Hatched by Dafydd

John HInderaker was kind enough to link our last post, Ins and Outs of Immigration, in his most recent piece on Power Line (my favorite blog, not even excepting Big Lizards). In that post, John professes perplexity about the best course of action relating both to the currently resident illegal immigrants and also those trying to come here legally in the future.

Perplexity is almost the only possible response... primarily because we're talking about so many people: literally millions and millions.

The best approach is to have a lodestone, a principle to which one sticks until and unless it's proven false. Trying to put together a technocratic, patchwork "solution" is doomed to failure, because that technique only works when the technocrats actually have a handle on the situation (it works for redesigning the New Orleans levees, for example: do this and that, fix this over here, and Bob's got a good idea about overtopping problems in the future).

John brings up a very important point, one that leads directly to my own personal lodestone. He writes:

The remaining issues are not so clear, however: what do we do about the 11 million or so illegal aliens who are already here, and what impact would shutting off the flow of labor from Mexico have on our economy? President Bush's guest worker proposal is, of course, intended to address those problems. I'm not sure whether the administration's proposal is the right one, in part because I've become convinced that the flow of illegal immigrants has depressed wages for unskilled labor.

John is exactly correct about this; and that is precisely why we need to continue such immigration, albeit with more regularization, because we want the wages of unskilled labor to be depressed. We pay too much for it. We pay more than it is worth in a free market.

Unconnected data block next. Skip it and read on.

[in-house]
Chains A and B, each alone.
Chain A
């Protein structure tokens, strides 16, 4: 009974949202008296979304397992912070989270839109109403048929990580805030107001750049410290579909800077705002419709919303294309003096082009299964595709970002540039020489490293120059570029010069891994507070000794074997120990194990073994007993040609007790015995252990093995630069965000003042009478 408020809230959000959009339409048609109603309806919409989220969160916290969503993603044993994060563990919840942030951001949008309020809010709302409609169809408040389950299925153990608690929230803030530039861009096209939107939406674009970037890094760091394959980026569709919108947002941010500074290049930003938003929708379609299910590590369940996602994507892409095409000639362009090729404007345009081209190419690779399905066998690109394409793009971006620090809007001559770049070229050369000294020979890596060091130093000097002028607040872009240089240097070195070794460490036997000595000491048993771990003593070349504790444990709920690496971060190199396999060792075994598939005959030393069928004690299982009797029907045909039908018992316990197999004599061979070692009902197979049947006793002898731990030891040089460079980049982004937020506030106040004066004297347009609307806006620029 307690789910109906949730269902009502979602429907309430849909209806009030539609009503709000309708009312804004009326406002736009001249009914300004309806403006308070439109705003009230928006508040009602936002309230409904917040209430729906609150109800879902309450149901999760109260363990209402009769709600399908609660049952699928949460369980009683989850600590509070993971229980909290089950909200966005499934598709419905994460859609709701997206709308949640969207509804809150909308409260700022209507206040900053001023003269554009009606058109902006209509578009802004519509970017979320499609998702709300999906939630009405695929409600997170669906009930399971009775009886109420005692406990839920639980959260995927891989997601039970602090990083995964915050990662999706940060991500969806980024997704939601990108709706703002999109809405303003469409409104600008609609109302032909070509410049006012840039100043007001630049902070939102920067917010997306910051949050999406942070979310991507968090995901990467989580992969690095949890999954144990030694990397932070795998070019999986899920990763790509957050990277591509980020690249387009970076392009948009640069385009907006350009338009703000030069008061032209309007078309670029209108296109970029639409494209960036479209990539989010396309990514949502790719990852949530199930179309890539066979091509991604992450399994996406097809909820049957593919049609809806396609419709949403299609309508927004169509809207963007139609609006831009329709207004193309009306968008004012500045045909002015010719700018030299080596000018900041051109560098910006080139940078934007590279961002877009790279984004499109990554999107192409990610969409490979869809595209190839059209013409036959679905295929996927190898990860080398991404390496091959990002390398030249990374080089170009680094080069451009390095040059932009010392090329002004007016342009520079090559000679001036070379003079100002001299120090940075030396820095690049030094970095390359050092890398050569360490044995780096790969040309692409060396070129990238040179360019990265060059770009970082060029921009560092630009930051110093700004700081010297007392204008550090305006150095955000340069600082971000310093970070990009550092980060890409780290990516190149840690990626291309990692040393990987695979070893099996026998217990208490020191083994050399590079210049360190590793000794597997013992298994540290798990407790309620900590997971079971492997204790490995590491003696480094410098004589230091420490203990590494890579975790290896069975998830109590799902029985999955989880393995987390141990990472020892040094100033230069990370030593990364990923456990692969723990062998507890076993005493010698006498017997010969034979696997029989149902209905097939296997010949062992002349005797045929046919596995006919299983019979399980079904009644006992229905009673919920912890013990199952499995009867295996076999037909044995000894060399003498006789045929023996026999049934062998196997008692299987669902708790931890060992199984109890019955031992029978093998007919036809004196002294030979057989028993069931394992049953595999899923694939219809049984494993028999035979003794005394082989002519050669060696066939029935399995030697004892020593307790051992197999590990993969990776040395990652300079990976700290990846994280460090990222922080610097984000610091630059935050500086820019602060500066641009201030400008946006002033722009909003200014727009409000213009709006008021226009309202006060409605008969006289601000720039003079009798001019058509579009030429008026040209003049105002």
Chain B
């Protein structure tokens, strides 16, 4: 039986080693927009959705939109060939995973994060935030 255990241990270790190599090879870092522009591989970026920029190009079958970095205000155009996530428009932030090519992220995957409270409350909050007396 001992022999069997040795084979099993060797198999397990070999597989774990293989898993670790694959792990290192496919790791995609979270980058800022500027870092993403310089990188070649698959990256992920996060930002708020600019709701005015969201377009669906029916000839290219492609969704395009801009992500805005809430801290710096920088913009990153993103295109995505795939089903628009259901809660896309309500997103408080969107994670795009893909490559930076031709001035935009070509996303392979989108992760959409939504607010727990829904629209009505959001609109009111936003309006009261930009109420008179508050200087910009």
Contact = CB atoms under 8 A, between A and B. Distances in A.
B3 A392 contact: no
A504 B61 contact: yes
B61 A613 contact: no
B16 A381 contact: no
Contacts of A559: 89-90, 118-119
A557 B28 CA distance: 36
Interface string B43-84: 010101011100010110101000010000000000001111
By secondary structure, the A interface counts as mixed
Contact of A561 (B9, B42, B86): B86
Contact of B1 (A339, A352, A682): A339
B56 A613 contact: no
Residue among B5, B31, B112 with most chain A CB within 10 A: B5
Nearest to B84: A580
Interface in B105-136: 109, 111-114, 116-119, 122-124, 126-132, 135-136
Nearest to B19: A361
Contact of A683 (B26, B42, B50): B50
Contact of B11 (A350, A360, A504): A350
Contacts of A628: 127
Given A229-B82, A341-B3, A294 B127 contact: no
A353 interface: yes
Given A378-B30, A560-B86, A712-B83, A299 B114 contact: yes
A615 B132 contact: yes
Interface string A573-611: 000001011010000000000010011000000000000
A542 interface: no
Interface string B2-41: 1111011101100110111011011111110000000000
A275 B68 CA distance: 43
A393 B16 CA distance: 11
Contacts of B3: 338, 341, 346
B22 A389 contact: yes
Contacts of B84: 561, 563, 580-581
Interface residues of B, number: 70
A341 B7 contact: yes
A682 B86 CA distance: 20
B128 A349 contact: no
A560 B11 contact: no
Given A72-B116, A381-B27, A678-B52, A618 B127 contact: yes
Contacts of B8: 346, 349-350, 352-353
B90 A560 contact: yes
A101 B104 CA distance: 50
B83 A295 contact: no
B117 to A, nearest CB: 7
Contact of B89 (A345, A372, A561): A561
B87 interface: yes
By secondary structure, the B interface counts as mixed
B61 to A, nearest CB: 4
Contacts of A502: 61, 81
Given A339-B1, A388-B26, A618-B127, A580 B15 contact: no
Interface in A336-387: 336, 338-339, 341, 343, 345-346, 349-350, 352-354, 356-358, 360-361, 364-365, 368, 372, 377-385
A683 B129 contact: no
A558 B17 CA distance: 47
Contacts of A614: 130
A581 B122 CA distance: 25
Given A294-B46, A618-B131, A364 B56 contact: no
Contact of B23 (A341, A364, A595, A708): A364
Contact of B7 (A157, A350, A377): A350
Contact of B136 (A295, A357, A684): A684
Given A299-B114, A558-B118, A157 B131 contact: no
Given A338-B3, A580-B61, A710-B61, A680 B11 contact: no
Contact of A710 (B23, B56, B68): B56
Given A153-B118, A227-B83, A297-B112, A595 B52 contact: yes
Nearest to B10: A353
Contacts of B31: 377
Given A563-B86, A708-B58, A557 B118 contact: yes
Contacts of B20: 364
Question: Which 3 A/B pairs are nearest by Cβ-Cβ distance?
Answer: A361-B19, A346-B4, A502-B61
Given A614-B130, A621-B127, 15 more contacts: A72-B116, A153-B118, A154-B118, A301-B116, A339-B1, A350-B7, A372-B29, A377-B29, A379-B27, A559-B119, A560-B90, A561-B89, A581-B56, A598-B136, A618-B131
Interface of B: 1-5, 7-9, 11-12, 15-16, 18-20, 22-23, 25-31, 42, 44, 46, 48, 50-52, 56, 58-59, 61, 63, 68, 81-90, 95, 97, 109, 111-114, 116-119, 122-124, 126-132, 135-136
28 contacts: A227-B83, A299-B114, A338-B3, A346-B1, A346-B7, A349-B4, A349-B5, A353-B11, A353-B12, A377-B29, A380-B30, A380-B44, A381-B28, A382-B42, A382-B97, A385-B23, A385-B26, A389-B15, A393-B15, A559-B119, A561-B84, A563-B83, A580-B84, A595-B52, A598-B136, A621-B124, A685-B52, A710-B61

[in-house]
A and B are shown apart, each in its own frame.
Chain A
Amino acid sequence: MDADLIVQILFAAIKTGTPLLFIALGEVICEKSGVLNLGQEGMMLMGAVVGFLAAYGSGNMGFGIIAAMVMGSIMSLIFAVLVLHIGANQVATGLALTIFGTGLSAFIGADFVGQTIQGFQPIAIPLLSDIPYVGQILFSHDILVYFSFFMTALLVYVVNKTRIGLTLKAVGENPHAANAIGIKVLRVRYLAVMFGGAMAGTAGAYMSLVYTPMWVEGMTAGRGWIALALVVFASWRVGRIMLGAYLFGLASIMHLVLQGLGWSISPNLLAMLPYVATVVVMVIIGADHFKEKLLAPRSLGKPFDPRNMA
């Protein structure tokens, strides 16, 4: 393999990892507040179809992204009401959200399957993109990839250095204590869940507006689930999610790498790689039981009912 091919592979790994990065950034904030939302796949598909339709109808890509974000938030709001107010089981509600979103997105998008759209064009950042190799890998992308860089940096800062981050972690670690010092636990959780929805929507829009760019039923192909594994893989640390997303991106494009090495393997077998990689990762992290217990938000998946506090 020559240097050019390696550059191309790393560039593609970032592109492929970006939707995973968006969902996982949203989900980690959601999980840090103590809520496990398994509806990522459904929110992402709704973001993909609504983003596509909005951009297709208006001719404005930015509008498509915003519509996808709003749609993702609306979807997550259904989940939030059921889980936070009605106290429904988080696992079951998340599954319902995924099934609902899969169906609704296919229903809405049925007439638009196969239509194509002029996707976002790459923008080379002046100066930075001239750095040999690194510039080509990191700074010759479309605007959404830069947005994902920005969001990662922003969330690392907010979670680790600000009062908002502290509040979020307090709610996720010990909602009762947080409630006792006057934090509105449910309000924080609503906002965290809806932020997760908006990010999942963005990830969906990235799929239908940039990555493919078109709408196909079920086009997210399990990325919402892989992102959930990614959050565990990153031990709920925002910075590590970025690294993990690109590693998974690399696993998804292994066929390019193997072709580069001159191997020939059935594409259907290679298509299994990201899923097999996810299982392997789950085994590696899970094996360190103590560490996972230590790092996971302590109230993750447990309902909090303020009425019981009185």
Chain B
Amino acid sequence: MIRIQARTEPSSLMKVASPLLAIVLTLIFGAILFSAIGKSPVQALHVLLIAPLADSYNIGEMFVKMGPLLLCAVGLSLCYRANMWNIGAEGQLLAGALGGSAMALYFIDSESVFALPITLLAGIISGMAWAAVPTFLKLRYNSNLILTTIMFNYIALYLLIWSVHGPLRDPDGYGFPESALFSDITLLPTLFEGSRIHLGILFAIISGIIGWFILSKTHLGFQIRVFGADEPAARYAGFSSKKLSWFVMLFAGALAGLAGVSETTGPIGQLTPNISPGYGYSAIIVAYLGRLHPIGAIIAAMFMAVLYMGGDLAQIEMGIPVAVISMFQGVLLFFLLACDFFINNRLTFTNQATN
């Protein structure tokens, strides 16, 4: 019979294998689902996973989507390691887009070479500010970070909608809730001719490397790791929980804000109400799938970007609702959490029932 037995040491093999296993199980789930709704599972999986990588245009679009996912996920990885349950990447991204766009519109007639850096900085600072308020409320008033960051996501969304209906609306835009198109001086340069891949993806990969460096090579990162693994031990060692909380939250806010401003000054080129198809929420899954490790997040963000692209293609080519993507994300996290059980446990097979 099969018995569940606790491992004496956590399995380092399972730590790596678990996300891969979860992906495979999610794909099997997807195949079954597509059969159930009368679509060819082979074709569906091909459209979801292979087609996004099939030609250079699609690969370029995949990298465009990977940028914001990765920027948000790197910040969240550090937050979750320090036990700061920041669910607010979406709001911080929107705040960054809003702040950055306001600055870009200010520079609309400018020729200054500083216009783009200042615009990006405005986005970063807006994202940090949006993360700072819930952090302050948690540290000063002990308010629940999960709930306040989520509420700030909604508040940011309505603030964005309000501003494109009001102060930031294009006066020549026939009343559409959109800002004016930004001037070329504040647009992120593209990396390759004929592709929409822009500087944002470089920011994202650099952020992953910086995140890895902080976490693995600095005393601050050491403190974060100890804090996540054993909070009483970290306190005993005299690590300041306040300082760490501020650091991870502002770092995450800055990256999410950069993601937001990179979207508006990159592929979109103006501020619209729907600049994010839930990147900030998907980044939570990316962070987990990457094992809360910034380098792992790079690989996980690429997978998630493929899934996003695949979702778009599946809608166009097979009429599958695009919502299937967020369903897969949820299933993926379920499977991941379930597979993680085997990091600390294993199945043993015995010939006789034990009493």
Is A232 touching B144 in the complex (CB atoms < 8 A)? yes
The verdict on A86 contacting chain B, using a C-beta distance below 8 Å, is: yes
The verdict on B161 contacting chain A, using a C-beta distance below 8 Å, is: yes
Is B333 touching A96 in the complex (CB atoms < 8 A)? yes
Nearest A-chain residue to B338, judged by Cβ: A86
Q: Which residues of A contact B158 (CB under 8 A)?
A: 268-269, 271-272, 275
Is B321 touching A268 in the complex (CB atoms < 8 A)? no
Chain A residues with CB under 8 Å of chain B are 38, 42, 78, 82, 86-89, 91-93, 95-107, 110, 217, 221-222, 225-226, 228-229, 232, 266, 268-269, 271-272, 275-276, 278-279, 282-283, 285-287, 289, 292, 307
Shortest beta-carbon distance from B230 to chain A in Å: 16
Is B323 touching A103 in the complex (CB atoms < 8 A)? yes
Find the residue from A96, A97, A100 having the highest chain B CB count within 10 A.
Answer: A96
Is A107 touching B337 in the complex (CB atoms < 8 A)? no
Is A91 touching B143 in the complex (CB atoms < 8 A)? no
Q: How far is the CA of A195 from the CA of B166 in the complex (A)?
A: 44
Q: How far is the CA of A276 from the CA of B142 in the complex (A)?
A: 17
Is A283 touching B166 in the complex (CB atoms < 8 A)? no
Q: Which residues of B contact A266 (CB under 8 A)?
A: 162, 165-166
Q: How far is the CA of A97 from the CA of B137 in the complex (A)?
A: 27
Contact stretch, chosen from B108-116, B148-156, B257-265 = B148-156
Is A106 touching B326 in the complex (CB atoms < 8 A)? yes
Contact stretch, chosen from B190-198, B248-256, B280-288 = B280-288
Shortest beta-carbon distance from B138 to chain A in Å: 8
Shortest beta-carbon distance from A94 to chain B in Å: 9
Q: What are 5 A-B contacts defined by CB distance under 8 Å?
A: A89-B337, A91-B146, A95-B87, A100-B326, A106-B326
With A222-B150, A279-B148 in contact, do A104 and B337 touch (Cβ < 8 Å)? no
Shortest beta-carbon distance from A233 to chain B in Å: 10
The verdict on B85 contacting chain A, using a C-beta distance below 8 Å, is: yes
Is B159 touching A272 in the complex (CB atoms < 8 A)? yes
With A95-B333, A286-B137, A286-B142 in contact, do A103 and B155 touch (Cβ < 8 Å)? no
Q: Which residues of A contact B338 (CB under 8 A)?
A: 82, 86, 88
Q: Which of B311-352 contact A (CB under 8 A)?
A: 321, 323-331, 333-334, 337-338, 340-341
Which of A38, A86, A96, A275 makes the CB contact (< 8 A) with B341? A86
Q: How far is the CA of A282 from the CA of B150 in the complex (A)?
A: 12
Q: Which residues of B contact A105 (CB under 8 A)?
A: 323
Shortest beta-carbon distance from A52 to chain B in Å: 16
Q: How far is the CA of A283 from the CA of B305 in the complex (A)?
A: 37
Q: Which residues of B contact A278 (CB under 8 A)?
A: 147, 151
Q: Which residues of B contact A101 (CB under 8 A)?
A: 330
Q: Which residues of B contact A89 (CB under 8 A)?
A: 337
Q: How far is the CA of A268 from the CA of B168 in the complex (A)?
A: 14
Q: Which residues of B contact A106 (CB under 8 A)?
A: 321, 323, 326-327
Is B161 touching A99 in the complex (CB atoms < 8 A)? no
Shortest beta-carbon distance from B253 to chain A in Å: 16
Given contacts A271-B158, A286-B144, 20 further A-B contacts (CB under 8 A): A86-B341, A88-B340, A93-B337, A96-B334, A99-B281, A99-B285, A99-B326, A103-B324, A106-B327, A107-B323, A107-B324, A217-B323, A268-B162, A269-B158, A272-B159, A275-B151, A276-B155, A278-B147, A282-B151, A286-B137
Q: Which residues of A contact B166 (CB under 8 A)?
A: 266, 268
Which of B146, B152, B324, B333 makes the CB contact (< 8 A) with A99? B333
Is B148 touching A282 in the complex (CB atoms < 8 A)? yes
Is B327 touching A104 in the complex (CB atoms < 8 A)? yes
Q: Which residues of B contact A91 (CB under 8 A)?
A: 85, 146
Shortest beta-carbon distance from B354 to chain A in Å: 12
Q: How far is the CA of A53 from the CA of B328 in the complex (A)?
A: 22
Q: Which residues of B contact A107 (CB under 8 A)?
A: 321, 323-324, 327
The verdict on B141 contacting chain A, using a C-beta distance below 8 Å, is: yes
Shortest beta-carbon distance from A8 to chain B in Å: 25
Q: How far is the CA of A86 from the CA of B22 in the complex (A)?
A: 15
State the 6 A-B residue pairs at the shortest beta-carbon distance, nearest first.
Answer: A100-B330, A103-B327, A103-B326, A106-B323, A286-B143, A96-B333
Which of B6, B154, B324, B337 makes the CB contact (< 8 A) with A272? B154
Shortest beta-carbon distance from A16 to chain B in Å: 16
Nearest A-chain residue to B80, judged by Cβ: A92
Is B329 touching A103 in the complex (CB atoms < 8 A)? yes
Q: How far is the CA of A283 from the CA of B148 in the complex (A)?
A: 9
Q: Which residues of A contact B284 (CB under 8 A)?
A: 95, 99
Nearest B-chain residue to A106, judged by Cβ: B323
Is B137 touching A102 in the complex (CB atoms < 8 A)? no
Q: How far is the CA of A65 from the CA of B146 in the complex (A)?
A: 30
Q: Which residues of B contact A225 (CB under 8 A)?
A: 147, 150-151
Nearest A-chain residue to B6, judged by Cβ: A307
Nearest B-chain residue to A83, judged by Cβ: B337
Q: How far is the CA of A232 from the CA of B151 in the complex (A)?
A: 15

Note: this is not a "response" to John, because he didn't argue any particular side here; this post is a riff off of the Power Line post, the hares started in my own mind by John beating the bushes.

Analogies are often very useful to limn the larger principles behind a specific instance. In this case, the most natural analogy is to the flood of cheap Japanese cars that really began in the 1970s. Big Iron complained that such cars would "artificially" depress the value of their own cars; the "big three" (Chrysler, Ford, GM) demanded that the federal government clamp down on such imports, restricting the flow of cheap cars here in order to protect the jobs of American autoworkers, then among the highest-paid industrial workers in the world.

And the Ford and Carter administrations obliged to some extent; some barriers were erected -- and the Japanese figured out ways to sneak around them. For example, they opened up Toyota and Nissan (then sold under the name Datsun) plants in the United States, which assembled parts manufactured in Japan. This confused the legal issue of whether the cars were domestic or imported. Detroit demanded ever more draconian regulations, including a rule that would define an automobile as an "import" if it were made by a company owned by foreigners, no matter where it was made -- or who the factory employed. The United Auto Workers joined wholeheartedly in this protectionism.

But in the end, it was a King Canute situation. There was nothing we could do to completely protect the American auto industry without crippling the rest of our economy. The effect was immediate and severe: the qualtity of cars soared and consumer choice expanded. Decades of automotive monopoly -- rather, "triopoly" -- had papered over huge and growing problems of legacy pensions, overemployment, a total lack of innovation, utter complacency, and -- it was the Carter years, recall -- corporate malaise.